It's nearly 8:00 am, and I have to admit I slept in today. That's because I was up late last night, watching the video stream of the finish of the Iditarod Trail Sled Dog Race. Mitch Seavey held off Aliy Zirkle all evening long in order to win his second Championship. Although Aliy was all smiles and upbeat as she crossed the finish line in 2nd place, it just has to sting a little bit.
The fact is, taking back to back second-place finishes in the Iditarod is a very big deal. As we saw repeated through the race, there were a LOT of very competitive teams in this year's race, just as there were last year and just as there are every year. Just finishing in the top 20 is a huge accomplishment, and finishing 2nd two years in a row speaks very highly of the work that Aliy, Allen, their family and their crew put in to their dogs.
Still, it must sting a little to be beaten by so narrow a margin to another Seavey.
Credit should be paid where credit is due, and Mitch ran a masterful race. He wasn't even on anyone's radar as a contender until two days ago. Starting 35th in the field, he moved up quickly early on, coming into the McGrath checkpoint in third position. After taking his 8 hour layover, he moved up again, and then maintained his position within striking range until the end game, where he moved at Shaktoolik, and held off all challengers to the very end.
Meanwhile, as nearly as I can tell, Aliy ran her team almost exactly to her original plan, a plan that obviously worked well for her and her dogs. On the river, she had the only team in position to catch Martin Buser, which she did. She seemed to falter over the Katag Portage, but banished the ghost of last year to recover quickly and regain the momentum. As late as the Safety checkpoint, pundits were writing that she had the momentum and was very likely to pass Mitch on the last stretch of the race.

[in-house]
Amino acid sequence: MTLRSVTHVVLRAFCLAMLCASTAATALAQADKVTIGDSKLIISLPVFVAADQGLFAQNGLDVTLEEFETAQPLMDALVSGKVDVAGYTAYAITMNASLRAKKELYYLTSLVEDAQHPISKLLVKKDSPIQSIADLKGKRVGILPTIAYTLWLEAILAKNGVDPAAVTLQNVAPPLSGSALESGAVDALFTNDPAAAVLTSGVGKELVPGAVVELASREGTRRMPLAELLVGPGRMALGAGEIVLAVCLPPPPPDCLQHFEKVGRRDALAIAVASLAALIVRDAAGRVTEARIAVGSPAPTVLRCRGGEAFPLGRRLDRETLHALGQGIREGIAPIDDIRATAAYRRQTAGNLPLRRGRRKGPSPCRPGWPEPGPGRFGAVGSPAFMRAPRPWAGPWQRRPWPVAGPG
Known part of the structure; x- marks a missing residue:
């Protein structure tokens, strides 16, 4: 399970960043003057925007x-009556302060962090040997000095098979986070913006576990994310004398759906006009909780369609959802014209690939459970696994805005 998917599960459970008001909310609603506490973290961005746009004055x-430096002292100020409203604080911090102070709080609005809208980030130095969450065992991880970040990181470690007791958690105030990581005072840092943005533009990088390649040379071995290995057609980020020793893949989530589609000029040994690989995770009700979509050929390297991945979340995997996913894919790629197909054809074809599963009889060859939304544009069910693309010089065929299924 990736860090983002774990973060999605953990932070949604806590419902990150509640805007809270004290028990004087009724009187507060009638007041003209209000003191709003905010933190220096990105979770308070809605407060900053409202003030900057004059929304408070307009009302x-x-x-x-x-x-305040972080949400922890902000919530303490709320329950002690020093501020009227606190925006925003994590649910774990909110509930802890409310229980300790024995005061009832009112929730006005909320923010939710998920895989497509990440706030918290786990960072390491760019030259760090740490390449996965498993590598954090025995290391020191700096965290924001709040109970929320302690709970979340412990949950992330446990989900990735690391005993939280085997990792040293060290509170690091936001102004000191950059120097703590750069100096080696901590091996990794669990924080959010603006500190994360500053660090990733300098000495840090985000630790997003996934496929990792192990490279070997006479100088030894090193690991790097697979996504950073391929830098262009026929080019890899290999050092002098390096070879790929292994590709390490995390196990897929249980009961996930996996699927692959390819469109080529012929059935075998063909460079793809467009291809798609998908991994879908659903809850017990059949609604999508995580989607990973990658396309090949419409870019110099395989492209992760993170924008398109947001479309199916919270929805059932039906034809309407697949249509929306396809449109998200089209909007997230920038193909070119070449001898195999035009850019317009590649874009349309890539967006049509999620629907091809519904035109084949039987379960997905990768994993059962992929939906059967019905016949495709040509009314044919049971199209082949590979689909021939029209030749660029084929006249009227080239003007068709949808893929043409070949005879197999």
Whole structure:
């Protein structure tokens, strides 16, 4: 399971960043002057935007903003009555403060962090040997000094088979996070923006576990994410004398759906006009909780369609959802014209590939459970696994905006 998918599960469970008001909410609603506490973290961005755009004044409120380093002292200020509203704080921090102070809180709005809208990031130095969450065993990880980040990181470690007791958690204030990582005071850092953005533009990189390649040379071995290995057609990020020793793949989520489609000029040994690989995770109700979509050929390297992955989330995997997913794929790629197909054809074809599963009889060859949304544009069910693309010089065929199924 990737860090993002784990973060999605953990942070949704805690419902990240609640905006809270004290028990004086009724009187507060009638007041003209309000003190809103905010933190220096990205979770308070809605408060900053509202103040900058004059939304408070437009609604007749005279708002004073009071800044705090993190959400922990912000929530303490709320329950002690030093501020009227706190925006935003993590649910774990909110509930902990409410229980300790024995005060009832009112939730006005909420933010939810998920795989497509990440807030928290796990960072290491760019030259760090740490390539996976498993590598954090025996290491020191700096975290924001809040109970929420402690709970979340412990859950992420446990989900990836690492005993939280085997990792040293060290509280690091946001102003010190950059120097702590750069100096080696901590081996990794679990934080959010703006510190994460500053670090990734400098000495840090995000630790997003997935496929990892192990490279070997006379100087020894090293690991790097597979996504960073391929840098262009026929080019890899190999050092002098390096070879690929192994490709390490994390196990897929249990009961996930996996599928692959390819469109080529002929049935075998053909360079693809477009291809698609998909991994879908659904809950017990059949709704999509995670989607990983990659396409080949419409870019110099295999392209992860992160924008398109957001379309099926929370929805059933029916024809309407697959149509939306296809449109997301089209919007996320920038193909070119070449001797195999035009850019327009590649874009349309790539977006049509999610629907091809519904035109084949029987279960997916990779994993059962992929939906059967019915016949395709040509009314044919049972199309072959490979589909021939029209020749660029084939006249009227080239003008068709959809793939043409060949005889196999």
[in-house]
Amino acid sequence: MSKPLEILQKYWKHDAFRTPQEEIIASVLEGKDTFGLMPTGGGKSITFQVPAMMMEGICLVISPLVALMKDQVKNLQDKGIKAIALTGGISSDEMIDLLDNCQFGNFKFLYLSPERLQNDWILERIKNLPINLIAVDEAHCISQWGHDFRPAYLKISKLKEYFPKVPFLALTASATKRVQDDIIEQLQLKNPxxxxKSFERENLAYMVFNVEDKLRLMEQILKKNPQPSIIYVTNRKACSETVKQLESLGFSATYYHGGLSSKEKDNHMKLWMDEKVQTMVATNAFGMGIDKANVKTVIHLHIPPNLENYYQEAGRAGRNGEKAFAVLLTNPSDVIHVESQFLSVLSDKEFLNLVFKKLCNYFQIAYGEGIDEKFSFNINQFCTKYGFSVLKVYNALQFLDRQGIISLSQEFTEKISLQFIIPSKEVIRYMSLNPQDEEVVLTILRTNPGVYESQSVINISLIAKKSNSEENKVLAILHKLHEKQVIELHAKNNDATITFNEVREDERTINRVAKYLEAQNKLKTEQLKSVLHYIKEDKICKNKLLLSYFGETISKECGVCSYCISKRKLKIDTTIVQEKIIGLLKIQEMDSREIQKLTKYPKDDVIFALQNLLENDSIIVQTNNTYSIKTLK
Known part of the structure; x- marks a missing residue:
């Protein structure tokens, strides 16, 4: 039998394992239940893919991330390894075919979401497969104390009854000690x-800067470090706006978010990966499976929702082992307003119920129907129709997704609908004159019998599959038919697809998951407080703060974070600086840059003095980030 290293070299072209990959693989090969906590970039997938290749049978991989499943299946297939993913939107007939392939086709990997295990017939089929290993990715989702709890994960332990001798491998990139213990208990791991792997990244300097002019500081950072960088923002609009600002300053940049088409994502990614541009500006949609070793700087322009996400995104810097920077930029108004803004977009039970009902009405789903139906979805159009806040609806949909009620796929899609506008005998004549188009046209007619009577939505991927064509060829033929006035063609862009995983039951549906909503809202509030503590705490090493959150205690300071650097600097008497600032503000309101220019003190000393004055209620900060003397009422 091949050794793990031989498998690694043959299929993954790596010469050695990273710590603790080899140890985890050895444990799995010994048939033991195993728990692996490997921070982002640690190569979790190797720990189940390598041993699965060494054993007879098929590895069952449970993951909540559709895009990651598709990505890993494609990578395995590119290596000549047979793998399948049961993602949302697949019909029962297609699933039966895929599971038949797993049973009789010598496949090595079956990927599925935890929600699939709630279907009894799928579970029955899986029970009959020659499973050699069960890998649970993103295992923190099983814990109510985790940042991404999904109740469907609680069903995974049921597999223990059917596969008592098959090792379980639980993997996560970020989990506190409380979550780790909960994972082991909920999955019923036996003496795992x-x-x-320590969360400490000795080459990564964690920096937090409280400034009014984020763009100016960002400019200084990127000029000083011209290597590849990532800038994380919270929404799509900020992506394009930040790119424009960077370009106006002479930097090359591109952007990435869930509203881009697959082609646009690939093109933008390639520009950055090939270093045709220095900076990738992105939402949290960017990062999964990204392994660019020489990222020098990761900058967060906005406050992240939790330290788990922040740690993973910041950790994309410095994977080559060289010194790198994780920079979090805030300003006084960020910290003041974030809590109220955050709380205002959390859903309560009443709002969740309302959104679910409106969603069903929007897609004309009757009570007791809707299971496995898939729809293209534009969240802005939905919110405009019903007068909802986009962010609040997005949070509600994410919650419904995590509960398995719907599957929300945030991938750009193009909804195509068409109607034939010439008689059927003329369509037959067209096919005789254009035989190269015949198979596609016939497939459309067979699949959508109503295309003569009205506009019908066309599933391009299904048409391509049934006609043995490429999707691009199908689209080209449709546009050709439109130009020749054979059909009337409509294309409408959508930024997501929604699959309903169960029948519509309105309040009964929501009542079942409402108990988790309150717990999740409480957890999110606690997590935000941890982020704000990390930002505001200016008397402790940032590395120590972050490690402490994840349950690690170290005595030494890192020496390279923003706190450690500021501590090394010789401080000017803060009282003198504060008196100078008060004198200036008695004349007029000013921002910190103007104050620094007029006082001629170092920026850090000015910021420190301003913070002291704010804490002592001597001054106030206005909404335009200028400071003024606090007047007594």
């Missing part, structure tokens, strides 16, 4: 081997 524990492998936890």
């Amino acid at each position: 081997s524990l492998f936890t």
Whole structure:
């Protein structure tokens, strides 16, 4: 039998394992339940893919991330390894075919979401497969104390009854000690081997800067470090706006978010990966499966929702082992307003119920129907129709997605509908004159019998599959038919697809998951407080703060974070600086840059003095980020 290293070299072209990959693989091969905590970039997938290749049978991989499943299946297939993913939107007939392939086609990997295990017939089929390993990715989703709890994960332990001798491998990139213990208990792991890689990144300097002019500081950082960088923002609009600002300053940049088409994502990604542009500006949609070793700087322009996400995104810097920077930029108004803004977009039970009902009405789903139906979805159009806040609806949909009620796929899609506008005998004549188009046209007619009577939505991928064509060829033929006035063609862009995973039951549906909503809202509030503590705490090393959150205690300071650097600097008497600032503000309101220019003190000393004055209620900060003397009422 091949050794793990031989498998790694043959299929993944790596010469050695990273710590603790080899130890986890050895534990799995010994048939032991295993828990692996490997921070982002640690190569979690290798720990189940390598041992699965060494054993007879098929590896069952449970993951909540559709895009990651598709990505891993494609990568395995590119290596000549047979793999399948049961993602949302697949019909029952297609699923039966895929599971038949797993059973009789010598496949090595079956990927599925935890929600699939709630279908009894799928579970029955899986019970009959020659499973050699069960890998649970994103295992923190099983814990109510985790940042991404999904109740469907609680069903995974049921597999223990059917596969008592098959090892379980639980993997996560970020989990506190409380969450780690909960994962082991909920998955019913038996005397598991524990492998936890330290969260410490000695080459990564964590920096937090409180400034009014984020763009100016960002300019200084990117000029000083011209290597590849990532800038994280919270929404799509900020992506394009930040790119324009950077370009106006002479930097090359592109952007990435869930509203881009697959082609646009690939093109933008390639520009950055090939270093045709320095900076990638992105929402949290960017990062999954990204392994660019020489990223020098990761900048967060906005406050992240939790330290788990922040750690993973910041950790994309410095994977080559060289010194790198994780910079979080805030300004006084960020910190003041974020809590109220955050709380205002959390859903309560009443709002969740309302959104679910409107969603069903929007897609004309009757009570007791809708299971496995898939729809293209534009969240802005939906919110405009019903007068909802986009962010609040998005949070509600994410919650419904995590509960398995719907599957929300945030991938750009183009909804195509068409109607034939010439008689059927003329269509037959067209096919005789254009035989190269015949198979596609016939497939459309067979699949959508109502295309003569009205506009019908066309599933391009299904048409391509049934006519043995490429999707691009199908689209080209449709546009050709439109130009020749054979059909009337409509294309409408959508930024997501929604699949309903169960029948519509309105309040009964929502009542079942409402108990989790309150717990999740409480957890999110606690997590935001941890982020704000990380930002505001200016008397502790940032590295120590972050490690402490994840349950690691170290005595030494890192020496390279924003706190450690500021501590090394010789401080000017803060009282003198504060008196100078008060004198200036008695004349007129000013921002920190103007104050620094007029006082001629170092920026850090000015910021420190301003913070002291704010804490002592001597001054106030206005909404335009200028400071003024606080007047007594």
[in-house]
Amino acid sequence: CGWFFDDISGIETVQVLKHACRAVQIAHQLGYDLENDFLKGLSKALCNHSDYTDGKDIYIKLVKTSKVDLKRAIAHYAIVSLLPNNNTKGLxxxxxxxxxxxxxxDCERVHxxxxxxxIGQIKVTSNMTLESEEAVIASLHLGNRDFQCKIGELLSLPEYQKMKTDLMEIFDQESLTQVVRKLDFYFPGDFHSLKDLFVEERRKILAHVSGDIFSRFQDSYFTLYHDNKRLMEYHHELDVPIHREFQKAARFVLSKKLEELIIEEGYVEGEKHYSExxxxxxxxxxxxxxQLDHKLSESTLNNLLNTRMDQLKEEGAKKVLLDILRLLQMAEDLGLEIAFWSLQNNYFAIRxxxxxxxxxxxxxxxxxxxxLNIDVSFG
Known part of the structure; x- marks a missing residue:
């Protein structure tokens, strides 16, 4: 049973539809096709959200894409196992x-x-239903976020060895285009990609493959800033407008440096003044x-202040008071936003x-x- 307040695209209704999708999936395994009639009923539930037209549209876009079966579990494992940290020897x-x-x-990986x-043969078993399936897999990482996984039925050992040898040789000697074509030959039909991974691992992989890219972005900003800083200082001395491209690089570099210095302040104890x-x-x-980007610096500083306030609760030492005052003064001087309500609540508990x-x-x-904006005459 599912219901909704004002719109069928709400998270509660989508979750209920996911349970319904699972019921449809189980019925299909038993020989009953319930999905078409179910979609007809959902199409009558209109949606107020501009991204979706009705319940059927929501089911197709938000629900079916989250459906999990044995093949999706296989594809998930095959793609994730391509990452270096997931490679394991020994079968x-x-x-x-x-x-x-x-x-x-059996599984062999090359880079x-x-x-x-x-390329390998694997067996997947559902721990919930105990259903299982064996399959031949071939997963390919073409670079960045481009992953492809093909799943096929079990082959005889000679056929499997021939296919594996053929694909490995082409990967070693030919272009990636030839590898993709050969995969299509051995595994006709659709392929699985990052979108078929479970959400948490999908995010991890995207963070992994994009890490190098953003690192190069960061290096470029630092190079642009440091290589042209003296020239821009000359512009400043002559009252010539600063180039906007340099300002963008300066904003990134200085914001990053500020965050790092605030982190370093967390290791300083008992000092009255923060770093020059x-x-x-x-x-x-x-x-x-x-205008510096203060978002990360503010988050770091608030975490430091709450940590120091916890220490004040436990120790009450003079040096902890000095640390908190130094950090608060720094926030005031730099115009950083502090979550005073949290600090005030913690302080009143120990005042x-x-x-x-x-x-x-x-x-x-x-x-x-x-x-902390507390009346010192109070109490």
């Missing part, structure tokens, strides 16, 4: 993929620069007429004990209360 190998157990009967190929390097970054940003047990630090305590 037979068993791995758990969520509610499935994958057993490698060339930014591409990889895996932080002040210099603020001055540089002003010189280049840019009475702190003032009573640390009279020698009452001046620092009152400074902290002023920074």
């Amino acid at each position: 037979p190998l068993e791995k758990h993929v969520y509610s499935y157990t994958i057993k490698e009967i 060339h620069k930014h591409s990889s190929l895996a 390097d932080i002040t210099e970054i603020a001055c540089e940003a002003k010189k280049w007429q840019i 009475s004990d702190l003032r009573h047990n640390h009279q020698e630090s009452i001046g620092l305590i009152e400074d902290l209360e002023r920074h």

I couldn't keep my eyes off the GPS tracker, but no matter how often I refreshed the data the result was the same. Aliy could match his pace, and did match his pace. She just couldn't quite muster the surge needed to go around him.
Aliy is a good friend and an important mentor, and I can't help but think that placing 2nd behind another Seavey just has to sting a little.
Meanwhile, though, the race continues. Other racers are coming across the finish line. The remainder of our top 10 include 4-time Champion Jeff King, defending champion Dallas Seavey, long time contender Ray Redington Jr., Nicholas Petit. Rookie of the year and the 7th place money goes to Joar Liefseth Ulsom, who was followed by Jake Berkowitz, Sonny Lindner and DeeDee Jonrowe.
Aaron Burmeister and Ken Anderson have also crossed the finish line. Out of Safety and on the trail we have Peter Kaiser followed by Josh Cadzow who is completing his rookie run over the trail. Next out were Paul Gebhardt, Cim Smyth and finally, way back in 18th place, the man who dominated the first half of the race Martin Buser. Jessie Royer, Lance Mackey and Brent Sass are all out of White Mountain, and will probably round out the top-20 teams in this year's race.
As the Iditarod is winding down, I'm gearing up and firming up some plans for this R&R during the best month of the entire mushing season. You can bet those plans will have something to do with dogs.